Elements of Siamese Grammar with Appendices

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American Presbyterian mission Press, 1900 - Thai language - 142 pages
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Page 124 - The nobles fkMnnaan) in our State are not an hereditary class as in Western countries. The custom regarding them is near to that prevailing in China, where dignity and office are combined. If a person has a dignity, he occupies at the same time an office. If he leaves such office, his dignity ceases, unless the King allow him to keep his dignity on account of services rendered. For that reason most of the nobles remain in the Government service during [their] life time...
Page 117 - Somdetch Phra Paramindr Maha Chulalonkorn Phra Chula Chom Klao King of Siam, both Northern and Southern, and all its dependencies, Laos, Malays, Kareans, &c., to our most illustrious friend General Chester A. Arthur, President of the Republic of the United States of America, greeting: and of terminating questions arising out of the existing treaties and mooted points of mutual rights...
Page vi - Dictionarium linguae thai sive siamensis; interpretatione latina, gallica et anglica illustratum. Parisiis, Jussu imperatoris impressum in typographeo imperatorio, 1854.
Page vii - Dictionarium Latinum Thai ad usum Missionis Siamensis. — Ex typographia Collegii Assumptionis BMV — Bangkok. Anno Domini MDCCCL.
Page vii - ... McFarland. Rev. and enl. by Geo. B. McFarland . . . Bangkok, Printed at the "American Presbyterian mission press," 1900. xx, [2], [323] p. front., illus., plates, fold, map 21'". 4—37071 English and Siamese on opposite pages. Paged in duplicate, except preliminary matter. 878. Michell, Edward Blair. A Siamese-English dictionary, for the use of students in both languages. Bangkok, 1892. xix, [4], 323 p. 22°-. 12—19039 SINHALEN. 879 Clough, B. A Sinhalese- English dictionary.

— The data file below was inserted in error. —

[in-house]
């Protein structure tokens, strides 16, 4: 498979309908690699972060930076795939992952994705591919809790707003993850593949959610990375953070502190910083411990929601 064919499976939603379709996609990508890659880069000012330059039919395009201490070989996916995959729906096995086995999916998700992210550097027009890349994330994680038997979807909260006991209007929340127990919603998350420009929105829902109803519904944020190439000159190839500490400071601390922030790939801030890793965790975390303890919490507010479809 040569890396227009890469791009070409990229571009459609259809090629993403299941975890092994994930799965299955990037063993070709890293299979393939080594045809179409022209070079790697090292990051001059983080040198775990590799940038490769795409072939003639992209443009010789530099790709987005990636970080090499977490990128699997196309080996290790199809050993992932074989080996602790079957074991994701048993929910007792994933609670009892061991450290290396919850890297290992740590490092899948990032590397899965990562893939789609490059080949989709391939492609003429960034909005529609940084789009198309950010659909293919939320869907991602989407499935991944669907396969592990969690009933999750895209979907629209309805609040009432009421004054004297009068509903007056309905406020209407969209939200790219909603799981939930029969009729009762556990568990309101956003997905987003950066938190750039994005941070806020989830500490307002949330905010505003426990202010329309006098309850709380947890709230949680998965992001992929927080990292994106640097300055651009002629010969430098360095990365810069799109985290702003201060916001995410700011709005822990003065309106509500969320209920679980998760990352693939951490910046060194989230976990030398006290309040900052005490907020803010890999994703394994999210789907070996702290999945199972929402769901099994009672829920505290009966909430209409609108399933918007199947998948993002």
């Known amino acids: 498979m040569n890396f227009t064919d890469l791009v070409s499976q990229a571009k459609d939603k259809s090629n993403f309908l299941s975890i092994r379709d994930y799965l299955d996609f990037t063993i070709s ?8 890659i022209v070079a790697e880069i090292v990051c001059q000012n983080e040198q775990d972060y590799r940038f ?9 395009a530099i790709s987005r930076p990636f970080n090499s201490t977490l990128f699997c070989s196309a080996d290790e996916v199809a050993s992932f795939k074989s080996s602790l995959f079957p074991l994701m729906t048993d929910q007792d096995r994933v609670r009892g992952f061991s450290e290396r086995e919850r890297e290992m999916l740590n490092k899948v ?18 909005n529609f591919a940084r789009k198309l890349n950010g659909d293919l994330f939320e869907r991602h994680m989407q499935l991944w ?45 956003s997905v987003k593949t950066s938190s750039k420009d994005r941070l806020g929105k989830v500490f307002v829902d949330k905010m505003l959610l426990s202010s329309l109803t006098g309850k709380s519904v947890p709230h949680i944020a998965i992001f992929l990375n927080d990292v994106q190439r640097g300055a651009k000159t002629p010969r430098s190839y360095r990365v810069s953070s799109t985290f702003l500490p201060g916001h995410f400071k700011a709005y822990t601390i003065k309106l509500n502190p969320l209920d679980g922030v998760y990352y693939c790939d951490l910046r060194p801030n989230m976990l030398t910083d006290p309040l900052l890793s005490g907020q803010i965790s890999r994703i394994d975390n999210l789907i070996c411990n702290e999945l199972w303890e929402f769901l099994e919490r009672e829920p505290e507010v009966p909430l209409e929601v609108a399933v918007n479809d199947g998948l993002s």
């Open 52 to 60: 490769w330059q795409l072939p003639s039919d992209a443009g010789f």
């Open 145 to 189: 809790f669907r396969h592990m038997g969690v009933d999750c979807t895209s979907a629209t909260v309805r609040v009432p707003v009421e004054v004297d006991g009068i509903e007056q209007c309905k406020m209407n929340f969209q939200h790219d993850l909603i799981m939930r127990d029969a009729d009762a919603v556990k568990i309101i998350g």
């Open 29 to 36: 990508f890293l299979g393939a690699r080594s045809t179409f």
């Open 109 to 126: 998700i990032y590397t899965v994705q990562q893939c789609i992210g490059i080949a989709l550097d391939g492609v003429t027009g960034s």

Page 101 - In the Palace language itself we have to distinguish firstly, between expressions for things adapted principally to the use of the King as distinct from those in common use, secondly the use of distinct words in addressing the King about matters of every day life, and here it is to be noticed that the same expressions are often used in preferene to the more common ones in polite conversation.
Page 6 - Grammar, p. 6) gives a few instances of words of Indian origin in Siamese, showing how they were treated to adapt them to the monosyllabic nature of Siamese and to the dislike of compound consonante.
Page vi - JONES J. TAYLOR : Brief Grammatical Notices of the Siamese Language ; with an appendix, Bangkok (printed at the Mission Press.) 88 pages, 1842.
Page i - Hiersemann, 1900. Dr. FRANKFURTER, a thorough scholar of the Siamese language, claims his grammar to be a first attempt made to explain the character of the Siamese language, and expects that it will be criticised in this way, not wishing his grammar to be considered as a book from which the foreigner coming to Siam shall be enabled to glean the vocabulary and phrases which he has to use in every day life in his household.
Page vi - COMPARATIVE VOCABULARY of the Barma, Maláyu and Thai Languages. Serampore, Printed at the Mission Press, 1810.

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